Understanding the Security Deposit in Pennsylvania

Whether you’re a landlord or tenant, security deposit issues often arise when the residential arrangement comes to an end. If there is an issue, it usually goes as follows: the landlord is claiming deductions from the deposit while the tenant believes he or she is entitled to full reimbursement.

The purpose of the security deposit is simple: it covers the landlord should he or she have to make repairs to damages beyond normal wear-and-tear and also protects the landlord if a tenant vacates without paying the last month’s rent. The law is entirely clear that tenants are not responsible for normal wear-and-tear, but not so clear on what exactly the phrase “normal wear-and-tear” entails. Generally, normal wear-and-tear is understood as unavoidable issues not caused by the tenant, such as repainting faded paint or cleaning carpets.

Not surprisingly, the biggest issues concerning security deposits is All about the moneydetermining whether the tenant is entitled to a return of the deposit, and if so, for how much. The Pennsylvania Landlord-Tenant Act of 1951 is the governing piece of legislation when such matters arise. Here are a few of the key provisions:

  1. Tenant’s New Address: If a tenant is leaving the residence, the Landlord Tenant Act requires he or she provide their new address to the landlord in writing. This should be done at or before the time the tenant leaves. If a tenant fails to provide this written notice, he or she can still sue, but the Landlord Tenant Act is likely no longer applicable because the tenant failed to avail himself or herself of its protection.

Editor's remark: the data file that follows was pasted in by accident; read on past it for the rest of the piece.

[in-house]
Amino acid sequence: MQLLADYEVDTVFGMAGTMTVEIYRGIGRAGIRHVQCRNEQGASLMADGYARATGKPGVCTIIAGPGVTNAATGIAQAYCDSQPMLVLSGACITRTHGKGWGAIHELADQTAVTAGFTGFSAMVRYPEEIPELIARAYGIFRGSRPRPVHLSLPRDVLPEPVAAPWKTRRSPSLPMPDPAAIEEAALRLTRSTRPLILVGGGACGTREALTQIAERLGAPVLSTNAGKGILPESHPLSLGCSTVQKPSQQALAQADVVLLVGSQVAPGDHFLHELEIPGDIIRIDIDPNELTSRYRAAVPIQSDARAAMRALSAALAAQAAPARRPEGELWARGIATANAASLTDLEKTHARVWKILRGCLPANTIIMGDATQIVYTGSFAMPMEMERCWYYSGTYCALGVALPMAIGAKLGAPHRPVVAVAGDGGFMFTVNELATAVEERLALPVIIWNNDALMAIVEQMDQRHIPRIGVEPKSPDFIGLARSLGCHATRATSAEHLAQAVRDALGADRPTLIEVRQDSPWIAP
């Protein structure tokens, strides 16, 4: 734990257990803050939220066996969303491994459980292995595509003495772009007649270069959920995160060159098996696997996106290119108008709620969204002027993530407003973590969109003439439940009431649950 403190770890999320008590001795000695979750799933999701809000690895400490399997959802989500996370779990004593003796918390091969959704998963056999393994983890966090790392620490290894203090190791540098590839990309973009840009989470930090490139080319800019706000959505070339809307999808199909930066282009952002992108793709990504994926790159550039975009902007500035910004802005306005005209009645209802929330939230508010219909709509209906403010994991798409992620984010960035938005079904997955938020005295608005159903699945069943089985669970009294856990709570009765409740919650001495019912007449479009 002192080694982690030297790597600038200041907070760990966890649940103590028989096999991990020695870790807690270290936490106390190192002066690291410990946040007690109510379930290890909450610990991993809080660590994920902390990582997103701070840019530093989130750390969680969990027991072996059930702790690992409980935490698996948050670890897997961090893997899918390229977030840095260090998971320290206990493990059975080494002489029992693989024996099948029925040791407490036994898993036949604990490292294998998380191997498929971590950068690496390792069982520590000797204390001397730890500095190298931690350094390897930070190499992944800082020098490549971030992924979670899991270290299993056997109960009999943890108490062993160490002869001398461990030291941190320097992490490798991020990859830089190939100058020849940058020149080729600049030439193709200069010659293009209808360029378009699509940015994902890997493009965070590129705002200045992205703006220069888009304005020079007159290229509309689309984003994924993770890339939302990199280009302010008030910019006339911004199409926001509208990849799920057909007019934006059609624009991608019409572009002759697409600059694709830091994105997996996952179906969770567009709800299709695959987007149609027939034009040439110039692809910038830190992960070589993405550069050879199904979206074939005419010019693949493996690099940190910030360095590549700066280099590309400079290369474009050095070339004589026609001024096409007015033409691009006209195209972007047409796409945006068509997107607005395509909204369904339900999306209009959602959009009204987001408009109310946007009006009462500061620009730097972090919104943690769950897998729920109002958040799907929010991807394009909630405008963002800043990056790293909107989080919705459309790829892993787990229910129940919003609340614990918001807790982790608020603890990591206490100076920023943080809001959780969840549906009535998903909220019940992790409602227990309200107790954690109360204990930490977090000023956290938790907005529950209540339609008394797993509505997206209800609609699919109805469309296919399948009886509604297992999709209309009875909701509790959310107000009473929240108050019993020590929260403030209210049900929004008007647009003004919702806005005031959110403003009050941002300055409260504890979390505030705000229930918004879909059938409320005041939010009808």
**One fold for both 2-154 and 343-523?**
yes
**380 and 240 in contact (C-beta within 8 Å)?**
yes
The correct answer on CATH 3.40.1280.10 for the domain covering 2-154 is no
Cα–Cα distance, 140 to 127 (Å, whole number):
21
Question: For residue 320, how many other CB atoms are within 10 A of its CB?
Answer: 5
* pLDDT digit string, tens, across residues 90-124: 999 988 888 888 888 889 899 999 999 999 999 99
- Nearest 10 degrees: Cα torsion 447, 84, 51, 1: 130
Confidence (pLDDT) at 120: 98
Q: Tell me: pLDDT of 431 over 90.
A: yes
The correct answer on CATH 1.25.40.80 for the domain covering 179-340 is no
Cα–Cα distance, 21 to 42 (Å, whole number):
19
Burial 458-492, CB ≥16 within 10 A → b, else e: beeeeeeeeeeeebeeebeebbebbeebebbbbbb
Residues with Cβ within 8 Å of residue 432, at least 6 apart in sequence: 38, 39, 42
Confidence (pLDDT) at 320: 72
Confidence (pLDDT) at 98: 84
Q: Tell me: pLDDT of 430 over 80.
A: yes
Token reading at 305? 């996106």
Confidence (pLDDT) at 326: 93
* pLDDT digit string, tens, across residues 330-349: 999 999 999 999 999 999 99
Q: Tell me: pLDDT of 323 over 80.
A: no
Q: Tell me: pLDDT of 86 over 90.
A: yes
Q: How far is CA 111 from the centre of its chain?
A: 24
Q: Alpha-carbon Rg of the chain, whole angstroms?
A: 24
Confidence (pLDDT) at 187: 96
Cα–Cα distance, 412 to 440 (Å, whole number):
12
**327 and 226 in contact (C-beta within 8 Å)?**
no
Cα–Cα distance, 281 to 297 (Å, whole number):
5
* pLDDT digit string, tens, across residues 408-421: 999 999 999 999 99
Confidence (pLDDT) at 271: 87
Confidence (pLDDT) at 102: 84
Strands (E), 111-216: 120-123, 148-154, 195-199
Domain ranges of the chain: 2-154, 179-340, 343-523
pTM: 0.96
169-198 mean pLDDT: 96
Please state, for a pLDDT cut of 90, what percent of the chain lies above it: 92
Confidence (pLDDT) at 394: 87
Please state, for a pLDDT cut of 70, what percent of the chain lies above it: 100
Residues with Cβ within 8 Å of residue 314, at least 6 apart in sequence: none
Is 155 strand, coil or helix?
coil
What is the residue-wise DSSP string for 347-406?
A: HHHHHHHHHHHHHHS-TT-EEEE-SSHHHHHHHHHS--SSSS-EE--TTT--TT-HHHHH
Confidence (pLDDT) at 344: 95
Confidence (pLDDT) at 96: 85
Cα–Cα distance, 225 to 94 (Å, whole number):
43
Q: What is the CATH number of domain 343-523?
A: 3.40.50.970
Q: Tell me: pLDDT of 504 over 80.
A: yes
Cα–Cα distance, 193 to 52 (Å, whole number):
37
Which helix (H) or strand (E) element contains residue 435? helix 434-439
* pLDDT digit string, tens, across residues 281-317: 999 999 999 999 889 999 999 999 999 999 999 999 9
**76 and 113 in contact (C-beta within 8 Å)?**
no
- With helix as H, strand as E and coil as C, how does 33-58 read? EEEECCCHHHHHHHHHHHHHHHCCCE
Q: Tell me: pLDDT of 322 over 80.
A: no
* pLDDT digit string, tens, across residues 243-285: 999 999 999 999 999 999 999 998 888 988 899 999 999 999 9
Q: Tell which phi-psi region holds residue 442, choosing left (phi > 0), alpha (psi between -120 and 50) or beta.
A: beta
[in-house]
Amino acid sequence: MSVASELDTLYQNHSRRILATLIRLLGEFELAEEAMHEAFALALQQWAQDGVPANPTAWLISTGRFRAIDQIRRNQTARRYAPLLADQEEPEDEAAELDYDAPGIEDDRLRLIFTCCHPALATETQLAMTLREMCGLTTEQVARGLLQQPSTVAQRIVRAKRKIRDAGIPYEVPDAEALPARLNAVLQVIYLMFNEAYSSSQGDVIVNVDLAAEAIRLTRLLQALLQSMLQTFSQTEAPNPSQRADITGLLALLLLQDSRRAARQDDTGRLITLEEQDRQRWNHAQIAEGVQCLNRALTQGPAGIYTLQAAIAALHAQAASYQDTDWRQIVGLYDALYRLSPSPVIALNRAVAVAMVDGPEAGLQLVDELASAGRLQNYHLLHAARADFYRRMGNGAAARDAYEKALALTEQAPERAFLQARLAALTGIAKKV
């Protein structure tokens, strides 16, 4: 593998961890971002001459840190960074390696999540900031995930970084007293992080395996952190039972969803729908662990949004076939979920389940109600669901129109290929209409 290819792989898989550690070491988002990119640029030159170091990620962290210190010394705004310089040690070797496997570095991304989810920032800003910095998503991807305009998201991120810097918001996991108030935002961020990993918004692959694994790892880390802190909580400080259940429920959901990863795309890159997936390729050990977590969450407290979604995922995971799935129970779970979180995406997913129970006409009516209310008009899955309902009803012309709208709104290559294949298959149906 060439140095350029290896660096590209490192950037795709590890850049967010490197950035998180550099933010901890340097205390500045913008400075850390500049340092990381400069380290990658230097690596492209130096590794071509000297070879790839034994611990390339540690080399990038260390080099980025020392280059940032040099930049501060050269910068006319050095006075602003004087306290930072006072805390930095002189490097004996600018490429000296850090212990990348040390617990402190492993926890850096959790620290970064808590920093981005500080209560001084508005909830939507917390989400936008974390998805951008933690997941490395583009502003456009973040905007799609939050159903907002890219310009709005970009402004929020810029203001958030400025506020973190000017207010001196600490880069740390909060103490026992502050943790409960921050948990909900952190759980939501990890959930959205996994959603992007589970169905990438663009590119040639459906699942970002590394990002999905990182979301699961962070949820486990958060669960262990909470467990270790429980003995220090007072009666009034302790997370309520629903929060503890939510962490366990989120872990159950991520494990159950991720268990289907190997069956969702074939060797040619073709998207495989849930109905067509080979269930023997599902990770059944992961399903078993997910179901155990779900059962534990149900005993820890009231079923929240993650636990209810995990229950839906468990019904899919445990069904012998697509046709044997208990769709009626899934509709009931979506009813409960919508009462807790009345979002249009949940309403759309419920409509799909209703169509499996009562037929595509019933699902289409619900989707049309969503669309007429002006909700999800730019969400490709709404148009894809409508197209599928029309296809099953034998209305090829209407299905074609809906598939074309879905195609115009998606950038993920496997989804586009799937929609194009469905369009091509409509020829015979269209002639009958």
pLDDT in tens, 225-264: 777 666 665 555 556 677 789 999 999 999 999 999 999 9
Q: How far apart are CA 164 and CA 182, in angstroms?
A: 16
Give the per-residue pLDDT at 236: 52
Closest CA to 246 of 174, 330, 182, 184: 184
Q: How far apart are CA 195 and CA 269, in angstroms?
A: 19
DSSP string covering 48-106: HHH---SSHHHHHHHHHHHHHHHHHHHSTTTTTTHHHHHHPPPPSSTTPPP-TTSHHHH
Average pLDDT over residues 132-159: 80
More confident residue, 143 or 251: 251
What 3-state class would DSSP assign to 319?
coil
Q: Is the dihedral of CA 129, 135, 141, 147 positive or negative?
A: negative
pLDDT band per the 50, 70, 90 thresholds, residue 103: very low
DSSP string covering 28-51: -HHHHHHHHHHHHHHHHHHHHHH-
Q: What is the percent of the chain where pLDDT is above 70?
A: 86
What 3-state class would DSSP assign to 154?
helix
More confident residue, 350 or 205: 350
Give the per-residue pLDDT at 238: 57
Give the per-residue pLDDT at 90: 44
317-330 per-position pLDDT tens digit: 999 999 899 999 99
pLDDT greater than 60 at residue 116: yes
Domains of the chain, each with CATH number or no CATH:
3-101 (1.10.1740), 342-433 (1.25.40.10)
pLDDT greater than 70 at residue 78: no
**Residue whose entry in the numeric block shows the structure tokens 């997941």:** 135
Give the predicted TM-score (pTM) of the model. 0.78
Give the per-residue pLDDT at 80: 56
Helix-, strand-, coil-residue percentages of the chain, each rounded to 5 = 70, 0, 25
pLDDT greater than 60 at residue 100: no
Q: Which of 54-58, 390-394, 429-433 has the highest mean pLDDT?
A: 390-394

2. 30 Day Limit: Not only must the landlord return a tenant’s unused security deposit within 30 days, he or she must provide a written accounting of any deductions from the security deposit for which the landlord deems the tenant responsible. If a landlord fails to do so, they lose the right to retain any portion of the tenant’s security deposit and forfeit the ability to sue the tenant for damages to the premises.
  3. Double-Liability: Should a landlord not provide the written accounting of deductions and make a return of the remaining unused security deposit within 30 days, the tenant can bring a lawsuit seeking double the difference between the security deposit and the amount of damage the tenant actually caused.
  4. These Rights are Absolute: The Landlord-Tenant Act is clear: any attempted waiver of this section by a tenant by contract or otherwise shall be void and unenforceable. Therefore, regardless of any provision which might be read to waive the protections provided to tenants under the Landlord-Tenant Act, if a tenant has provided his or her new address in writing, that tenant is eligible for protection.

If you’re a landlord or tenant facing an issue regarding the return of a security deposit, or a landlord-tenant issue generally, the attorneys at Howland Hess O’Connell are available to assist you in handling your matter.

Legal Disclaimer: The contents of this website are intended solely for informational purposes. They neither constitute nor imply an official legal opinion on behalf of Howland, Hess, Guinan, Torpey, Cassidy and O’Connell nor do they establish an attorney-client relationship of any kind. Howland, Hess and O’Connell encourages all readers to seek and consult professional counsel before acting upon the information contained on this site.

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